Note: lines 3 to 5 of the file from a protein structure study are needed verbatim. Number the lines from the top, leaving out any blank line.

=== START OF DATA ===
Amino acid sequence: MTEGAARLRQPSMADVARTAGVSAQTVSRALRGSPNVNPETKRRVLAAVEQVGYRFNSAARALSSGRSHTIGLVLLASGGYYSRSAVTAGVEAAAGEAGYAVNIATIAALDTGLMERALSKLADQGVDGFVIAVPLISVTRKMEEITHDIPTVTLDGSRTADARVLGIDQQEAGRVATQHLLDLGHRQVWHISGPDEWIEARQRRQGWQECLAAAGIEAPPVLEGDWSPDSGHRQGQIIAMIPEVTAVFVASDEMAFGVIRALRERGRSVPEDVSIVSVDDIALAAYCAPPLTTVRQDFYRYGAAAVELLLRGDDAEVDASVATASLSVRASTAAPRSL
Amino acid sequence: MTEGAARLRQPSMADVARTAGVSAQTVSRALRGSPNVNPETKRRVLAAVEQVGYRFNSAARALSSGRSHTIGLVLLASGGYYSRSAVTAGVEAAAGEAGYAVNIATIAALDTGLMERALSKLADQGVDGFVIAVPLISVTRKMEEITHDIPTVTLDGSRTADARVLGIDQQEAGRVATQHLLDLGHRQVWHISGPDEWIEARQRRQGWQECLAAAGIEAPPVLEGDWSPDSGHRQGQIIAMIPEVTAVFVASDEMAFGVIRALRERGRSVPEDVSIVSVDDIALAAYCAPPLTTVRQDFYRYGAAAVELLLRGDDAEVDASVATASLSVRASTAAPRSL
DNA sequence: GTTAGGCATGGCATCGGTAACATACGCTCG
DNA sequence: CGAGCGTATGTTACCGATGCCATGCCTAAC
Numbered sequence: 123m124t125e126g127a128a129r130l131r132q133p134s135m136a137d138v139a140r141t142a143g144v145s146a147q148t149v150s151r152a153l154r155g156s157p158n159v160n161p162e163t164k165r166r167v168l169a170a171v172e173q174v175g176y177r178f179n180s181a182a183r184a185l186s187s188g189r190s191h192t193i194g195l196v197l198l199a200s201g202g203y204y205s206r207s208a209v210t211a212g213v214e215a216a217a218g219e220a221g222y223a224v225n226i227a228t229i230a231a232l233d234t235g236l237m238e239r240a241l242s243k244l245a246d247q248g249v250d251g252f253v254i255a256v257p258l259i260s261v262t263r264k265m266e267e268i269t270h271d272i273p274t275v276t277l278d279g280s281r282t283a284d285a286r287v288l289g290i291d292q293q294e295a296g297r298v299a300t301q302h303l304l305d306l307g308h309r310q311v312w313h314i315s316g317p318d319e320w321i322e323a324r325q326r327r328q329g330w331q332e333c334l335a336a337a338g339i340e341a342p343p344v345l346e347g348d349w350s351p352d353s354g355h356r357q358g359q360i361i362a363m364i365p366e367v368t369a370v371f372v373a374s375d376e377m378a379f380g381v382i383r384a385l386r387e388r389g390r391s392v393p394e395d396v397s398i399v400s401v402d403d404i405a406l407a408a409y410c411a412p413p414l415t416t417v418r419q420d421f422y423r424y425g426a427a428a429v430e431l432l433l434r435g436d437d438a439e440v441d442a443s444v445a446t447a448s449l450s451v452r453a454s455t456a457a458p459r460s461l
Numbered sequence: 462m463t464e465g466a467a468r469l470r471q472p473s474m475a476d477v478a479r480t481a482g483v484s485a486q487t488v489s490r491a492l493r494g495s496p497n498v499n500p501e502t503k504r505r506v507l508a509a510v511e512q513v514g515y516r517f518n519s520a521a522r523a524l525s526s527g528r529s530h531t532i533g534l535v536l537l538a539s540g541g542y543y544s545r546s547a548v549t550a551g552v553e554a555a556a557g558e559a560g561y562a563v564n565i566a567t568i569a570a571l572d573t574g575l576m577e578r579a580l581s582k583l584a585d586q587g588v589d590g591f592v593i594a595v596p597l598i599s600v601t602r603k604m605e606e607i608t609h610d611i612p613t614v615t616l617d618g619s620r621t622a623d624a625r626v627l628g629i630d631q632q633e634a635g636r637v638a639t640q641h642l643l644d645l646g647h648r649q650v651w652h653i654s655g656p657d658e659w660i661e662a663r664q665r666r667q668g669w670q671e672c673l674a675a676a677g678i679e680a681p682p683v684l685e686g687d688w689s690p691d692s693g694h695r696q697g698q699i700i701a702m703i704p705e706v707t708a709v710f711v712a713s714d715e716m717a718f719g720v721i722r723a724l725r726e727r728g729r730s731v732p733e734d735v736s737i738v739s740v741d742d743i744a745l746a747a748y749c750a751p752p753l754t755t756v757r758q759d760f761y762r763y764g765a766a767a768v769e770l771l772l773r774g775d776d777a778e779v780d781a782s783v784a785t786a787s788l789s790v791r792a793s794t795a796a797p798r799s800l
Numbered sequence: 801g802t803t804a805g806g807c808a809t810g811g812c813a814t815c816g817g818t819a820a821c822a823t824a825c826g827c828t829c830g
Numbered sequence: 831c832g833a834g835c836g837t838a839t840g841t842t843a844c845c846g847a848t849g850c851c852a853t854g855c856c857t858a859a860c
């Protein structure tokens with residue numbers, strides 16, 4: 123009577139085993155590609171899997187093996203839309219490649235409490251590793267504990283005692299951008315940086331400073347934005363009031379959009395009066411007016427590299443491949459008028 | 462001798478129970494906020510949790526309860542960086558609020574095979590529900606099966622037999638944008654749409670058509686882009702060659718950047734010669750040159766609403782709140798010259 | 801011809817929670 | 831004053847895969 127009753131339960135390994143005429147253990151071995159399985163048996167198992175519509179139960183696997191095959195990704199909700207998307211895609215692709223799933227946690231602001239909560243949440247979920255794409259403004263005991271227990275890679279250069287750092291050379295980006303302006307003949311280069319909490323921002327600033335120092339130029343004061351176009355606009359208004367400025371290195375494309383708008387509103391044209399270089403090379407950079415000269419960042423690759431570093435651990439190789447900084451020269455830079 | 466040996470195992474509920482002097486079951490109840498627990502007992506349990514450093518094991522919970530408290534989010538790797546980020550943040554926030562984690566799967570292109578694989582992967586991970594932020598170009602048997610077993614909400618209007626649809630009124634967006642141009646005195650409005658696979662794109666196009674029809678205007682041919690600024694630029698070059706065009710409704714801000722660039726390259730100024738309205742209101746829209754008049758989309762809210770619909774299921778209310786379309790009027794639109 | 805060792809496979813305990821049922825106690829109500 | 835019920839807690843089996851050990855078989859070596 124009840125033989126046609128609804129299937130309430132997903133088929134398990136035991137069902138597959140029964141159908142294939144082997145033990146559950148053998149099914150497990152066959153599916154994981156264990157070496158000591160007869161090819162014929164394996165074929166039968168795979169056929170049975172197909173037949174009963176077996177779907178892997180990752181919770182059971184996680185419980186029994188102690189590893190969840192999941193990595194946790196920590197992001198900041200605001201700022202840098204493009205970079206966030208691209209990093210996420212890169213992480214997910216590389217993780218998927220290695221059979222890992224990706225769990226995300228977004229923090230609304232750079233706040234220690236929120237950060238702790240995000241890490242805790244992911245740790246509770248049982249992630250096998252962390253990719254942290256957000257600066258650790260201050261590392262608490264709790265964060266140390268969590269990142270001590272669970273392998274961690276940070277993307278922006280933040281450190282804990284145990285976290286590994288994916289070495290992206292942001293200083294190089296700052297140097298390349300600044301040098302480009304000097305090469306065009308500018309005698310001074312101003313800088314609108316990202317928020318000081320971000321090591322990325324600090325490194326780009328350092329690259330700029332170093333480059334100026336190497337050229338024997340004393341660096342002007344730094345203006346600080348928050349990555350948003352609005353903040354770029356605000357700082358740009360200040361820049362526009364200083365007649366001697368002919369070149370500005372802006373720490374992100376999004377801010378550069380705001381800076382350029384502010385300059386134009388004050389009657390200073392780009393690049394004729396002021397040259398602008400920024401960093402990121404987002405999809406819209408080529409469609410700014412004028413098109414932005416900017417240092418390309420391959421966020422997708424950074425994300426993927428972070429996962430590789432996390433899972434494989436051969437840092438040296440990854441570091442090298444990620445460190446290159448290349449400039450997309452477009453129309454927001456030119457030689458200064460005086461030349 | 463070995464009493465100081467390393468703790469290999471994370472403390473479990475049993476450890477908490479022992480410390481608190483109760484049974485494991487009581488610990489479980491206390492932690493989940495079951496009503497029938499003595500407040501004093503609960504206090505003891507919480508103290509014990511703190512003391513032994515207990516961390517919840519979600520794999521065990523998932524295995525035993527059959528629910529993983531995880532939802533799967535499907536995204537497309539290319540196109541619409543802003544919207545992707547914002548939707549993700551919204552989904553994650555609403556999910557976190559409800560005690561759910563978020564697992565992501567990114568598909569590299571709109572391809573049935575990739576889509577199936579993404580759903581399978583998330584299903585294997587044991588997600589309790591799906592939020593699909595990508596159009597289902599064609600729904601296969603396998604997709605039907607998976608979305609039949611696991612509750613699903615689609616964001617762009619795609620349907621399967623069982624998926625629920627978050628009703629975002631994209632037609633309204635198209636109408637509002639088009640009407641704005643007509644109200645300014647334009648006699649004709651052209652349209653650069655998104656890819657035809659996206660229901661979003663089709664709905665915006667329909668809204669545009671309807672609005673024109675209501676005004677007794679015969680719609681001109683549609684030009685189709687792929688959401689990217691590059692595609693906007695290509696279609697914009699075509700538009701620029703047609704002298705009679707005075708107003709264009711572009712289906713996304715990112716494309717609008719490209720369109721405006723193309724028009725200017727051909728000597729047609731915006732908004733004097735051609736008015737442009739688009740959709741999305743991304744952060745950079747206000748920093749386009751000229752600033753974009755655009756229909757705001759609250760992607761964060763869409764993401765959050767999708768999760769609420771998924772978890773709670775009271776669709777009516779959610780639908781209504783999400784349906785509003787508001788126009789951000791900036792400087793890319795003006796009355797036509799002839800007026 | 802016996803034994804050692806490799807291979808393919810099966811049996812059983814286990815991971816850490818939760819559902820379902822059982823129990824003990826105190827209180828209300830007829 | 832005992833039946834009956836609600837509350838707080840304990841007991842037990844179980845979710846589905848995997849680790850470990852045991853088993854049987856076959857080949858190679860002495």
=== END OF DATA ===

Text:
DNA sequence: GTTAGGCATGGCATCGGTAACATACGCTCG
DNA sequence: CGAGCGTATGTTACCGATGCCATGCCTAAC
Numbered sequence: 123m124t125e126g127a128a129r130l131r132q133p134s135m136a137d138v139a140r141t142a143g144v145s146a147q148t149v150s151r152a153l154r155g156s157p158n159v160n161p162e163t164k165r166r167v168l169a170a171v172e173q174v175g176y177r178f179n180s181a182a183r184a185l186s187s188g189r190s191h192t193i194g195l196v197l198l199a200s201g202g203y204y205s206r207s208a209v210t211a212g213v214e215a216a217a218g219e220a221g222y223a224v225n226i227a228t229i230a231a232l233d234t235g236l237m238e239r240a241l242s243k244l245a246d247q248g249v250d251g252f253v254i255a256v257p258l259i260s261v262t263r264k265m266e267e268i269t270h271d272i273p274t275v276t277l278d279g280s281r282t283a284d285a286r287v288l289g290i291d292q293q294e295a296g297r298v299a300t301q302h303l304l305d306l307g308h309r310q311v312w313h314i315s316g317p318d319e320w321i322e323a324r325q326r327r328q329g330w331q332e333c334l335a336a337a338g339i340e341a342p343p344v345l346e347g348d349w350s351p352d353s354g355h356r357q358g359q360i361i362a363m364i365p366e367v368t369a370v371f372v373a374s375d376e377m378a379f380g381v382i383r384a385l386r387e388r389g390r391s392v393p394e395d396v397s398i399v400s401v402d403d404i405a406l407a408a409y410c411a412p413p414l415t416t417v418r419q420d421f422y423r424y425g426a427a428a429v430e431l432l433l434r435g436d437d438a439e440v441d442a443s444v445a446t447a448s449l450s451v452r453a454s455t456a457a458p459r460s461l